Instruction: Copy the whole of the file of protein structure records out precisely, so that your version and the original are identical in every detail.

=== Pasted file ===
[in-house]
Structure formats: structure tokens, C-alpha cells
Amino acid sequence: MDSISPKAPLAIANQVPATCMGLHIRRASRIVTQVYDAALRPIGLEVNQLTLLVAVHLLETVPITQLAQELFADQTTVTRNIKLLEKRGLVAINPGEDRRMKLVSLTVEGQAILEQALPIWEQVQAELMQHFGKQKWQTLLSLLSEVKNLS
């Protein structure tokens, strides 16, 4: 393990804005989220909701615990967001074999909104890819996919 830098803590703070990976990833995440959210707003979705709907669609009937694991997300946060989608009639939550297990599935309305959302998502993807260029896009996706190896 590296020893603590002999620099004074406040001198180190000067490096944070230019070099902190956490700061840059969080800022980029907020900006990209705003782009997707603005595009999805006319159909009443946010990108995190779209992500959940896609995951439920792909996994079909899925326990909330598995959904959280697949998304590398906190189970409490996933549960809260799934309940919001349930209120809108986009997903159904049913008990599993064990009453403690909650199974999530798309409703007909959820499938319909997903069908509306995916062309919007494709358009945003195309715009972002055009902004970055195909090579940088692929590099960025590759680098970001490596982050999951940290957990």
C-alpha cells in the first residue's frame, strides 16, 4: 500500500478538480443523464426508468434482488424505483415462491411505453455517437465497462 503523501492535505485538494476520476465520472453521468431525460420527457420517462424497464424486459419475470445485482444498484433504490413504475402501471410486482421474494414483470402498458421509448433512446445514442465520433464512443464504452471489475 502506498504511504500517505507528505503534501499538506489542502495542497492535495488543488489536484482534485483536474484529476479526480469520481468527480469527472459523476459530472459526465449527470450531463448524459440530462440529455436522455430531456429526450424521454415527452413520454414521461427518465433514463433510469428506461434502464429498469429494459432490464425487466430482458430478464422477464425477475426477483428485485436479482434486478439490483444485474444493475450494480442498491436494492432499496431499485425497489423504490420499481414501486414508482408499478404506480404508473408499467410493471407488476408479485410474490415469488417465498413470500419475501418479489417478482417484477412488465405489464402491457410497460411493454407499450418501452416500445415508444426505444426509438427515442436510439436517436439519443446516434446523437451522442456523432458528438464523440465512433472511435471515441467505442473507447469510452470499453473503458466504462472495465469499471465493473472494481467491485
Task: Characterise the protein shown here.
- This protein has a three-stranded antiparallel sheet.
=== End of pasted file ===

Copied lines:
[in-house]
Structure formats: structure tokens, C-alpha cells
Amino acid sequence: MDSISPKAPLAIANQVPATCMGLHIRRASRIVTQVYDAALRPIGLEVNQLTLLVAVHLLETVPITQLAQELFADQTTVTRNIKLLEKRGLVAINPGEDRRMKLVSLTVEGQAILEQALPIWEQVQAELMQHFGKQKWQTLLSLLSEVKNLS
């Protein structure tokens, strides 16, 4: 393990804005989220909701615990967001074999909104890819996919 830098803590703070990976990833995440959210707003979705709907669609009937694991997300946060989608009639939550297990599935309305959302998502993807260029896009996706190896 590296020893603590002999620099004074406040001198180190000067490096944070230019070099902190956490700061840059969080800022980029907020900006990209705003782009997707603005595009999805006319159909009443946010990108995190779209992500959940896609995951439920792909996994079909899925326990909330598995959904959280697949998304590398906190189970409490996933549960809260799934309940919001349930209120809108986009997903159904049913008990599993064990009453403690909650199974999530798309409703007909959820499938319909997903069908509306995916062309919007494709358009945003195309715009972002055009902004970055195909090579940088692929590099960025590759680098970001490596982050999951940290957990």
C-alpha cells in the first residue's frame, strides 16, 4: 500500500478538480443523464426508468434482488424505483415462491411505453455517437465497462 503523501492535505485538494476520476465520472453521468431525460420527457420517462424497464424486459419475470445485482444498484433504490413504475402501471410486482421474494414483470402498458421509448433512446445514442465520433464512443464504452471489475 502506498504511504500517505507528505503534501499538506489542502495542497492535495488543488489536484482534485483536474484529476479526480469520481468527480469527472459523476459530472459526465449527470450531463448524459440530462440529455436522455430531456429526450424521454415527452413520454414521461427518465433514463433510469428506461434502464429498469429494459432490464425487466430482458430478464422477464425477475426477483428485485436479482434486478439490483444485474444493475450494480442498491436494492432499496431499485425497489423504490420499481414501486414508482408499478404506480404508473408499467410493471407488476408479485410474490415469488417465498413470500419475501418479489417478482417484477412488465405489464402491457410497460411493454407499450418501452416500445415508444426505444426509438427515442436510439436517436439519443446516434446523437451522442456523432458528438464523440465512433472511435471515441467505442473507447469510452470499453473503458466504462472495465469499471465493473472494481467491485
Task: Characterise the protein shown here.
- This protein has a three-stranded antiparallel sheet.